Rafael Nadal's fitness is one of the main talking points ahead of the 2018 Davis Cup tennis quarterfinals this Saturday. Nadal is part of a Spain team with a strong chance of advancing from the World Group and eventually beating holders France to this year's title.
First, Nadal and Co. will have to get by a Germany team led by the talents of Alexander Zverev, who is likely still smarting from losing the Miami Open final to John Isner on April 1.
Here are the last-eight matches:
- France vs. Italy
- Croatia vs. Kazakhstan
- Spain vs. Germany
- USA vs. Belgium
The schedule details are available on the tournament's official website.
Spain's Chances Will Hinge on Nadal
It's stating the obvious, but Nadal's status will define and determine how far Spain progress. There has been conflicting speculation about the 31-year-old's readiness after he retired with a hip injury at the Australian Open.
His coach, Carlos Moya, told Esports IB3 (h/t Uche Amako of the Daily Express) Nadal "is not at 100 percent yet."
However, Nadal has said: "I hope to find myself without injury, that's why I'm here," per another report from Amako.
The Spanish lineup is still strong, with Roberto Bautista Agut, Feliciano Lopez, David Ferrer and Pablo Carreno Busta set to be involved. Yet it's still a group sure to need Nadal's star power to get past a loaded Germany team.
Aside from Zverev, Jan-Lennard Struff and Philipp Kohlschreiber will be formidable opponents.
Marin Cilic Will Inspire and Win for Croatia
Like Zverev, Marin Cilic has a point to prove after losing to Isner in Florida. The American sent Cilic packing in the round of 16, but the latter has the ability to upset any player on his day.
Cilic's form will be the key for Croatia reaching the last four in the world group. The 29-year-old was the second seed in Miami and is a superior player to anybody in a Kazakhstan team led by Mikhail Kukushkin.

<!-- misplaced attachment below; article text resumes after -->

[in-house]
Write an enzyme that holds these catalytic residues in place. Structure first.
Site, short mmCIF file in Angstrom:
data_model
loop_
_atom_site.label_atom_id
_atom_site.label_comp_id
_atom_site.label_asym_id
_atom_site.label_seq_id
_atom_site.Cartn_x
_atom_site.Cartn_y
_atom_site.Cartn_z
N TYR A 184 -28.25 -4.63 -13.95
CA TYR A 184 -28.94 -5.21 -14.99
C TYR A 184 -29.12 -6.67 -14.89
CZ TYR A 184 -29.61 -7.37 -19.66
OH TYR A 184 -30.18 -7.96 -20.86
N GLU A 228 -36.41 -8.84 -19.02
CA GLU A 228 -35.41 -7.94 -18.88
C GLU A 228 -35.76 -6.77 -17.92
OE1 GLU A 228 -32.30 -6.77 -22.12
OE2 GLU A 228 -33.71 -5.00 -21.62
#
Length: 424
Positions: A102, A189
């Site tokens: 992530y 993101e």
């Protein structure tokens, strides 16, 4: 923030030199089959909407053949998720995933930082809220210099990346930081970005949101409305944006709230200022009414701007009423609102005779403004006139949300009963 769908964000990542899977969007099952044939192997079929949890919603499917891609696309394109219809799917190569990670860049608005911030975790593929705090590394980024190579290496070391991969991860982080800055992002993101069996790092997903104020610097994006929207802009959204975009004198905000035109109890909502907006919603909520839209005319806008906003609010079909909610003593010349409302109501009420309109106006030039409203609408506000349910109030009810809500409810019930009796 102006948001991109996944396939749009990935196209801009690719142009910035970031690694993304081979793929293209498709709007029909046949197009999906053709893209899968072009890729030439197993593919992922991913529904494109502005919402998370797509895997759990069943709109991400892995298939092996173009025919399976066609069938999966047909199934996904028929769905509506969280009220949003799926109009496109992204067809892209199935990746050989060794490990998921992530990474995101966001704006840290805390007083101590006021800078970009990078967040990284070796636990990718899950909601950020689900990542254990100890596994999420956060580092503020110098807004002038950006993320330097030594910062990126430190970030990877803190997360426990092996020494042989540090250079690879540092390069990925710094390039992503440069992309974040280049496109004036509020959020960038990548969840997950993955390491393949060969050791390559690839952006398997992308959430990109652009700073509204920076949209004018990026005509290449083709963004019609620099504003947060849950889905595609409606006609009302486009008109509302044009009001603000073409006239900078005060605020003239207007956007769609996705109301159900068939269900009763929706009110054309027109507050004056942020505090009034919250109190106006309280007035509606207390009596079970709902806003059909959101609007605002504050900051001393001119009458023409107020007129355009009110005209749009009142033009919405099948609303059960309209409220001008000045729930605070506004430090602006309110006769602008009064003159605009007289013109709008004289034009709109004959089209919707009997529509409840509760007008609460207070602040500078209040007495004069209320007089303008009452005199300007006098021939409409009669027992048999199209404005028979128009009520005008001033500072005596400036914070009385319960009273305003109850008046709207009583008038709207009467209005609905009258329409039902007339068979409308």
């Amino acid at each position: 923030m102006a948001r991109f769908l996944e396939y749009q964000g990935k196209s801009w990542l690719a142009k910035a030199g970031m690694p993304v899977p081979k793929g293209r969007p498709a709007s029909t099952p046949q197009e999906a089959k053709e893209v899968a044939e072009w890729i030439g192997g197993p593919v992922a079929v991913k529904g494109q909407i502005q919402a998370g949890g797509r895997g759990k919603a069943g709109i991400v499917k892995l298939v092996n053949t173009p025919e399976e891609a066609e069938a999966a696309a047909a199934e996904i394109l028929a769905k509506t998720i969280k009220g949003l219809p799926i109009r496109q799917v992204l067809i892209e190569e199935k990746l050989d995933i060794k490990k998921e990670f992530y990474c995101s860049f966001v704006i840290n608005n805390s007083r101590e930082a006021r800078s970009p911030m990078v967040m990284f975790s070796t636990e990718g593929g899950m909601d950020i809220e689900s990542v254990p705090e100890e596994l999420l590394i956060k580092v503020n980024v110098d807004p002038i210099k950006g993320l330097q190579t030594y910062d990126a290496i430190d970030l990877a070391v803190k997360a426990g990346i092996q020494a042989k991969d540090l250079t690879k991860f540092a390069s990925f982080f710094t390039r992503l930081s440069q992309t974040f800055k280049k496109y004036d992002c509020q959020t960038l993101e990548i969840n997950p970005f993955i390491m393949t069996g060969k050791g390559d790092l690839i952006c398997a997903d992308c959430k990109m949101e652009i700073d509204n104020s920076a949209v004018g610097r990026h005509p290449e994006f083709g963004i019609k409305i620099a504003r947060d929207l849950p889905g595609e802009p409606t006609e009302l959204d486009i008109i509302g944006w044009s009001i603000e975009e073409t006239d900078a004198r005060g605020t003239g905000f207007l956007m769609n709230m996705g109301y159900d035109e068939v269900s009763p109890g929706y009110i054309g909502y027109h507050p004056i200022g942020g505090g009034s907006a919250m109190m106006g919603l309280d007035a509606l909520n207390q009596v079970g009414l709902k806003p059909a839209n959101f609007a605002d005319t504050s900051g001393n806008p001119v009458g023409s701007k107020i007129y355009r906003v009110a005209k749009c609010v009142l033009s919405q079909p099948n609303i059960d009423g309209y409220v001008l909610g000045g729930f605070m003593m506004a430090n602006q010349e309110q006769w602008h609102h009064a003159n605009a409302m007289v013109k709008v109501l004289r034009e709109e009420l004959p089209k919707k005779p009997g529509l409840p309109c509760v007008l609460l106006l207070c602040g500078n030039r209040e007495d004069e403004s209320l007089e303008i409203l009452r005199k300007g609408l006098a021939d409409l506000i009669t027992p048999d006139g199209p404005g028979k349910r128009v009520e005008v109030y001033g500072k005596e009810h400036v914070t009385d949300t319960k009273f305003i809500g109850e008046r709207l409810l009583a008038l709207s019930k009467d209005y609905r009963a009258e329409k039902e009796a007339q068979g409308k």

There is more talent set to play under the Croatian flag, with Borna Coric also ready to feature in singles action. Meanwhile, Ivan Dodig is available for the doubles.
USA Primed for the Last 4
Things are looking up for the U.S., since Isner will be buoyed by securing his first Masters title. Even so, Isner is understandably wary of the threat posed by Belgium.
The 32-year-old explained how he and his team-mates won't get complacent, per the tournament's official website: "Look, we’re not looking past this team by any means, sure we are the favourites on paper; our team is very strong but it’s going to be a tough match."
Isner is right to urge caution, but it's hard to see anything other than a comprehensive win for a U.S. squad too strong for a less-than-convincing Belgian group.
Along with Isner, Jack Sock, Sam Querrey, Steven Johnson and Ryan Harrison round out a formidable lineup for the nation looking to earn a first semi-final berth since 2012.
The Holders to Make it Through
France will again rely on Lucas Pouille, their title winner in 2017, to lead a solid squad also featuring Pierre-Hugues Herbert, Jeremy Chardy and Adrian Mannarino.
Pouille has achieved a career-best ATP ranking of 10th in 2018, but the pressure will be on the 24-year-old when he takes to the court in Genoa. Home advantage is a boost for Italy, with Fabio Fognini's team likely to be confident.
Yet confidence won't trump talent, with the French simply having the better players, as well as the winning mentality. Pouille and Mannarino can win in singles action to set France on course for another tilt at the semi-finals.